Retrato do autor

Ray Ginger (1924–1975)

Autor(a) de The Bending Cross: A Biography of Eugene Victor Debs

16+ Works 486 Membros 3 Críticas

About the Author

Includes the name: Ray Ginger

Obras por Ray Ginger

Associated Works

Labor History, Vol. 5 No. 3, Fall 1964 — Contribuidor — 1 exemplar


Conhecimento Comum



A great read for those interested in the struggles, self-sacrifice, and determination of a man who dared to believe that life is more than making someone else rich. A great historical view of the struggle to establish political representation not for just the skilled/unskilled workers, the poor, but everyone in the U.S.
btbell_lt | 1 outra crítica | Aug 1, 2022 |
I was finishing this book right as the Wisconsin union protests were starting up, and the historical allegories gave this book added resonance, both in good ways and in bad. One of the most frequent things you hear from people who don't like unions is that maybe they were valuable once, back in those bad old days, but now that we have weekends and no child labor they're unnecessary. Reading this book both reminds you how difficult it was to get those reforms passed, and how fragile they are. You don't have to be any flavor of Marxist to ponder that, absent any kind of countervailing force, employers have strong incentives to wring the most work out of their employees as they possibly can, due to sheer competition if nothing else. Maybe that doesn't ring many alarm bells in the age of air conditioning and data entry, but back when work was brutal and physical, a 14 hour workday for 6 days a week actually meant something, and it certainly doesn't take much imagination to consider what could happen without institutional pressure keeping those reforms in place. Additionally, by mandating the 40 hour week a lot of people were able to use their newly free time to educate themselves and create the comfortable world we take for granted today; without those reforms it's entirely possible that manual labor would be a much bigger portion of our economy and we'd all be a lot poorer, and that further union-inspired movements to spread prosperity more broadly can have similar benefits for the future.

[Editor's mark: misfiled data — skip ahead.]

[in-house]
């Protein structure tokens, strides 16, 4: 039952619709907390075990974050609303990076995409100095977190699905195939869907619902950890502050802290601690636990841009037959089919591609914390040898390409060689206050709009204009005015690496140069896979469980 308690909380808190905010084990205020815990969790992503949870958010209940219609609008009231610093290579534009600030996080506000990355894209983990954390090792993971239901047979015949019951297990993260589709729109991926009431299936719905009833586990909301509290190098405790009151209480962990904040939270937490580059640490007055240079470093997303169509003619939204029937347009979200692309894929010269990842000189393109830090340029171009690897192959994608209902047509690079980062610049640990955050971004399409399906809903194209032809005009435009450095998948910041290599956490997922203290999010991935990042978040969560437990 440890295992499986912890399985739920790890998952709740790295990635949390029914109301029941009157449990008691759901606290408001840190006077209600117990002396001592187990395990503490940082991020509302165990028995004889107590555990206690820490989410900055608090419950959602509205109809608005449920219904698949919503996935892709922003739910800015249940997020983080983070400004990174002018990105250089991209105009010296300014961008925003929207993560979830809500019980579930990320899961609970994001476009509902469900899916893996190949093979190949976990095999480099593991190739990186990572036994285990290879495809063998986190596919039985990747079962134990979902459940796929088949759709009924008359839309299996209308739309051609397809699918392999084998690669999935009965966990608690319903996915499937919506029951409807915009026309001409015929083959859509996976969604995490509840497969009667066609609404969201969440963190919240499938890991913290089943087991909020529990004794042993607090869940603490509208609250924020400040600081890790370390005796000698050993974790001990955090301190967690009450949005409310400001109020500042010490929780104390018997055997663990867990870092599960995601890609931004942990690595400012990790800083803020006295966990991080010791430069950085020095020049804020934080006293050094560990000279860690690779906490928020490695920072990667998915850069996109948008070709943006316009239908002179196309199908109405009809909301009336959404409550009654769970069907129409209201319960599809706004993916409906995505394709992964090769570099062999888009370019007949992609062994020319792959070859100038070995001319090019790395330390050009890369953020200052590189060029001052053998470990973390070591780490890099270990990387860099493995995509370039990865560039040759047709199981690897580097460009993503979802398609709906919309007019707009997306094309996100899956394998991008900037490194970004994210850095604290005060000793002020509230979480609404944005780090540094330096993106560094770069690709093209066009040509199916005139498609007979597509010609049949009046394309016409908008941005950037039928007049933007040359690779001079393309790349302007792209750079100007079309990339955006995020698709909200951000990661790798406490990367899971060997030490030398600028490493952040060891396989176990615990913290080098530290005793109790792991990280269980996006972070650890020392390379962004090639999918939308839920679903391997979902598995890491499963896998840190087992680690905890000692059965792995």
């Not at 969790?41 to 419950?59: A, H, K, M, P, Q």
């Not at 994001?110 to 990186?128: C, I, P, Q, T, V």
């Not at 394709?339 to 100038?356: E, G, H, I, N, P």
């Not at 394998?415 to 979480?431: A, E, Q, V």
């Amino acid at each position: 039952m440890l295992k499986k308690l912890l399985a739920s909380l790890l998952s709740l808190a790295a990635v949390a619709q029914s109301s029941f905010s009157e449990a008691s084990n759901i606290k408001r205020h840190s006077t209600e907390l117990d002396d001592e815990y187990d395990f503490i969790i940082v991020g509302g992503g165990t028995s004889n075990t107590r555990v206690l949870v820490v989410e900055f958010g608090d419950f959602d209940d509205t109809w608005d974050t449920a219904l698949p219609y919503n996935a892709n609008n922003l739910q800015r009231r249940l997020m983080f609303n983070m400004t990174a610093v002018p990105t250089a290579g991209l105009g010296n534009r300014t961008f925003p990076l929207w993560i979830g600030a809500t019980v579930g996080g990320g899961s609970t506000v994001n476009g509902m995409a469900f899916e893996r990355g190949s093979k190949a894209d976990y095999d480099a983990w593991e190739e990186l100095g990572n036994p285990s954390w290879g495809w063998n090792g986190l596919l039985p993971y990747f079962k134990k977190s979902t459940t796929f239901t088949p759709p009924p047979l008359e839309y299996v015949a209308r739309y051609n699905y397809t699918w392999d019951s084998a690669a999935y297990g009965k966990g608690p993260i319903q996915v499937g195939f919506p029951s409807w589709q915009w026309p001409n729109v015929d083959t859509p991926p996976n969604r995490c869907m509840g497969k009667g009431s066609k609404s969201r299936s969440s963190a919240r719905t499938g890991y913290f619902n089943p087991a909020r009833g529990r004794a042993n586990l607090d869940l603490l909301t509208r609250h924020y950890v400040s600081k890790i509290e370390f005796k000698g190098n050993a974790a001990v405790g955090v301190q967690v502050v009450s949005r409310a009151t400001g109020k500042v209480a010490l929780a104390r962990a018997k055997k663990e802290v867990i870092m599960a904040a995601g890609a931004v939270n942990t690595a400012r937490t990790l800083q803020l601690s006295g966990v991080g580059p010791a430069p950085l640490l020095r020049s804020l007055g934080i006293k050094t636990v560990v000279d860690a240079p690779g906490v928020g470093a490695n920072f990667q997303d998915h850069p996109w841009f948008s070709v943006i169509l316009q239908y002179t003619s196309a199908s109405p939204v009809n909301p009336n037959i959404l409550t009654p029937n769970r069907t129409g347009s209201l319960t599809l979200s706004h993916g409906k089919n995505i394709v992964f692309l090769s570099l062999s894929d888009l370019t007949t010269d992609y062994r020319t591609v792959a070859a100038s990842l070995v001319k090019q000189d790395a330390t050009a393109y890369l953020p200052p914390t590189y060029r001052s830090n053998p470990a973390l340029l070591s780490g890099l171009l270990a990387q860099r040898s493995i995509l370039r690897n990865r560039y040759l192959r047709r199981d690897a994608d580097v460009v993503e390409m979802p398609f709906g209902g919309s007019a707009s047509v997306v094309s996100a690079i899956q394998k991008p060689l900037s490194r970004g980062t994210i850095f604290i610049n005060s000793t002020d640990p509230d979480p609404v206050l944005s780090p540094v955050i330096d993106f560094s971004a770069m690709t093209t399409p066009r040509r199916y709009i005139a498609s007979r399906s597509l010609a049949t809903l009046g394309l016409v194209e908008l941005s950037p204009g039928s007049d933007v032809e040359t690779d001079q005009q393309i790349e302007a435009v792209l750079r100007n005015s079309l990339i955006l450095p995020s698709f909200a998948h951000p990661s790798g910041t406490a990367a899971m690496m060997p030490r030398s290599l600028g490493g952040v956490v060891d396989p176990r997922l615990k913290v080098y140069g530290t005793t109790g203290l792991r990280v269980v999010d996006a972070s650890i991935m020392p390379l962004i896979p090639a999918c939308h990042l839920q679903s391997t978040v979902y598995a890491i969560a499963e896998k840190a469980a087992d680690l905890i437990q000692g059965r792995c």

In any case, The Bending Cross is a reprint of what's widely considered to be the definitive biography of Eugene Debs, one of the most singular individuals in American history. Debs went from being a railroad worker to a union leader to the head of the Socialist Party during what was an unbelievably violent time. Whereas Fox News is forced to cobble together clips of people yelling in Wisconsin to generate the illusion of violent leftist protest, back then a strike stood a good chance of being broken with gunfire, and proto-union members frequently got themselves killed. Debs, who comes off as almost impossibly saintlike, was among the most savvy of those labor leaders, with soaring eloquence and a much better judgment of when to strike and when to return, when to negotiate and when to refuse. It seems like he might have gone much farther in life, but for the fact that he was selflessly devoted to helping out his fellow workers no matter the personal cost to himself. One of the most frustrating things to read in the book is the endless repetitions of organize -> coagulate -> bicker -> evaporate that Debs and all the union leaders went through. You remember the Judean People's Front scene in Monty Python's The Life of Brian? It is no joke whatsoever. It boggles the mind how so many different groups devoted to class solidarity and the brotherhood of man could be unable to agree on even the most basic of agenda items, and though Ginger tries to put a brave face on it, it's clear that Debs was trapped and blocked by all this infighting just as much as anyone else. Should Debs favor the Socialist Party? How about the Socialist Labor Party? Why not the Social Democrats?